COLUMBIA, MdCelsion Corp.s focused heat technology forms
the basis of a system that may offer a minimally invasive alternative
to prophylactic mastectomy for women at high risk for developing
breast cancer. Massachusetts General Hospital will be testing the
technology, and Mass General recently filed a patent application for
Rather than removing the breasts, we hope to provide a
nonsurgical alternative by destroying the milk duct glands, the
source of nearly all breast tumors, said Gerald Wolf, MD,
director of the Center for Imaging and Pharmaceutical Research at
Mass General and principal investigator of the Celsion clinical
trials at Mass General that will evaluate the safety and efficacy of
the new breast cancer prevention design.
Dr. Wolf pointed out that a recent Mayo Clinic study showed a 90%
reduction in the chance of developing breast cancer among moderate-
and high-risk women who had prophylactic double mastectomies.
Celsions technology incorporates proprietary technologies
licensed exclusively from several engineering and medical research
institutions, including the Massachusetts Institute of Technology.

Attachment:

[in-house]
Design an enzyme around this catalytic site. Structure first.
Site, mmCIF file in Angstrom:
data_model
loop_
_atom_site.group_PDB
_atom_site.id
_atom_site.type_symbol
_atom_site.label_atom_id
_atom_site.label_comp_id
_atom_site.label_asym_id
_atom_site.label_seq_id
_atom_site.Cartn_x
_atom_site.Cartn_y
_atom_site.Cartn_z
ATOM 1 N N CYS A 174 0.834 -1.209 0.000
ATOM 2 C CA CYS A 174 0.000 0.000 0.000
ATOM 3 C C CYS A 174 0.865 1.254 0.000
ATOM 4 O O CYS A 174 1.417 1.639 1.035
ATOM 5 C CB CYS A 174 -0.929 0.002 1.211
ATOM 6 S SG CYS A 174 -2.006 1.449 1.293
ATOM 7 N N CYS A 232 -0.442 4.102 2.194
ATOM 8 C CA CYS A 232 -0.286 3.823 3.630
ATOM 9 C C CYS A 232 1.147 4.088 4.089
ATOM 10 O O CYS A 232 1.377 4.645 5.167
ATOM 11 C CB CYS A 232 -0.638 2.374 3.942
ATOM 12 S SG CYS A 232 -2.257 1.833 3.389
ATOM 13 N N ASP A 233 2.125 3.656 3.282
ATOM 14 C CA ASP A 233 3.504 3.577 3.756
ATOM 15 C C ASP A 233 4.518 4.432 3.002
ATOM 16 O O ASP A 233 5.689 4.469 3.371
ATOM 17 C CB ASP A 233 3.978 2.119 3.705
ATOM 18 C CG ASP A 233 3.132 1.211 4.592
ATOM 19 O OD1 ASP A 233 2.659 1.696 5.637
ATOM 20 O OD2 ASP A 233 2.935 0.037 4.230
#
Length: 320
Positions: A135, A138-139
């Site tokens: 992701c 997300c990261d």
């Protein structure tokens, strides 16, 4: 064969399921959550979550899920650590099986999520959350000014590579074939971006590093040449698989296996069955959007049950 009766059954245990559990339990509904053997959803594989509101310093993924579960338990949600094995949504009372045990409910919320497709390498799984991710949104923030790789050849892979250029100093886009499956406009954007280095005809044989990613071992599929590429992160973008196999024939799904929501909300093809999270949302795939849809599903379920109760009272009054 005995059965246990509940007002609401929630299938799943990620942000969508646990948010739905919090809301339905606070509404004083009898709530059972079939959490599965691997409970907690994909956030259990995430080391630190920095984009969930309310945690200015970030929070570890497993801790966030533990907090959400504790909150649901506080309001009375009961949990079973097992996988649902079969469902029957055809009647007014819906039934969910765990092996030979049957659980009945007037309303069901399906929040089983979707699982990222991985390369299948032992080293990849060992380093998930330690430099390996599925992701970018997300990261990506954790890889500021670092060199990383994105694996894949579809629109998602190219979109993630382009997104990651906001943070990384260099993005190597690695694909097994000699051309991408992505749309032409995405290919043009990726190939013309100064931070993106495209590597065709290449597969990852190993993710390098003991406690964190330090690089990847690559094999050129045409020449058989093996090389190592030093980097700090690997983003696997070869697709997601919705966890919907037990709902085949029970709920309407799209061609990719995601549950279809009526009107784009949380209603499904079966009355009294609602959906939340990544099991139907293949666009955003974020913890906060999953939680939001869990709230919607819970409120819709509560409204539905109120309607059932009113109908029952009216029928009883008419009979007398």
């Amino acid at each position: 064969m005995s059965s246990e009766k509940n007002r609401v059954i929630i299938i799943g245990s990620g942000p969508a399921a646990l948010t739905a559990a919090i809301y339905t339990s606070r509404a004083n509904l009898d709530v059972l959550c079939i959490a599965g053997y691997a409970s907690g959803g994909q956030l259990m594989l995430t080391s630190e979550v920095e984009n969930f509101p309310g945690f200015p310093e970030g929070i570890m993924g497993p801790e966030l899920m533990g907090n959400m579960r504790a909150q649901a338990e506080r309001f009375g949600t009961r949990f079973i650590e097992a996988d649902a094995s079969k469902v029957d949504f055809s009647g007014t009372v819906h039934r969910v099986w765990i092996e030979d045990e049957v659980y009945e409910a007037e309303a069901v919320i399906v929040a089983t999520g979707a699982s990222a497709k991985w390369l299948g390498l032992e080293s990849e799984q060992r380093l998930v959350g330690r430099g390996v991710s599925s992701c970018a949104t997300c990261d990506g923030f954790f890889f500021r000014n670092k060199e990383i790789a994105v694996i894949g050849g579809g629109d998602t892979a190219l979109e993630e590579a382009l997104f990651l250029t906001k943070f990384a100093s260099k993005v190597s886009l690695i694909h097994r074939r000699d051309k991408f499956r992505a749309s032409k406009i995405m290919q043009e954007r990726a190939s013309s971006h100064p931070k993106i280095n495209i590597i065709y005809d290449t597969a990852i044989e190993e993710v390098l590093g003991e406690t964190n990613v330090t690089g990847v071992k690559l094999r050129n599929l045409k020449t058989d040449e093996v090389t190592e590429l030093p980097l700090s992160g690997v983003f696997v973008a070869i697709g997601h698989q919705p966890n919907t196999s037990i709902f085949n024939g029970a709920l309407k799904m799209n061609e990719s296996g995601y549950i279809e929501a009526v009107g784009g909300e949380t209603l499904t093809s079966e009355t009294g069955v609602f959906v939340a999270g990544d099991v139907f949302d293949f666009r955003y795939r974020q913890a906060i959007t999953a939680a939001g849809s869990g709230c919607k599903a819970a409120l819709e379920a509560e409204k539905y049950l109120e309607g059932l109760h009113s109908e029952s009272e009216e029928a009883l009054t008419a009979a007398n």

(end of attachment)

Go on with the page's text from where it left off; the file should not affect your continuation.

The focused heat system selectively heats both breast cancer cells
and the nearby milk duct glands. Microwaves are used to heat the
water within the tissues; if the heat is high enough and applied for
a sufficient period of time, then the tumor and the milk duct glands
are expected to be destroyed.
Since milk duct glands and cancer cells are more than 75% water and
normal fatty tissues in the breast are less than 10% water, the
microwaves are expected to selectively heat cancer cells in the
target zone as well as the adjacent milk duct glands. The breast is
mostly fatty tissue, which, due to its low water content, is expected
to escape heat damage.
There are other cells that have a high percentage of water,
such as skin and muscles, so that is where the Celsion technology
comes in by enabling us to focus the heat so that the skin and
muscles around the breast will also be spared, Dr. Wolf said.
Preclinical studies at Mass General using breast tissue-equivalent
phantoms and tumors in live animals have verified that Celsions
system is capable of selectively heating tumors at temperatures of up
to 46 degrees Celsius without damage to surrounding healthy tissues.
Such high temperatures, maintained for 8 to 10 minutes, can cause
complete tumor necrosis leading to the death of all viable cancer
cells within the tumor and its vicinity, the company said, although
this has not yet been proven in human clinical trials.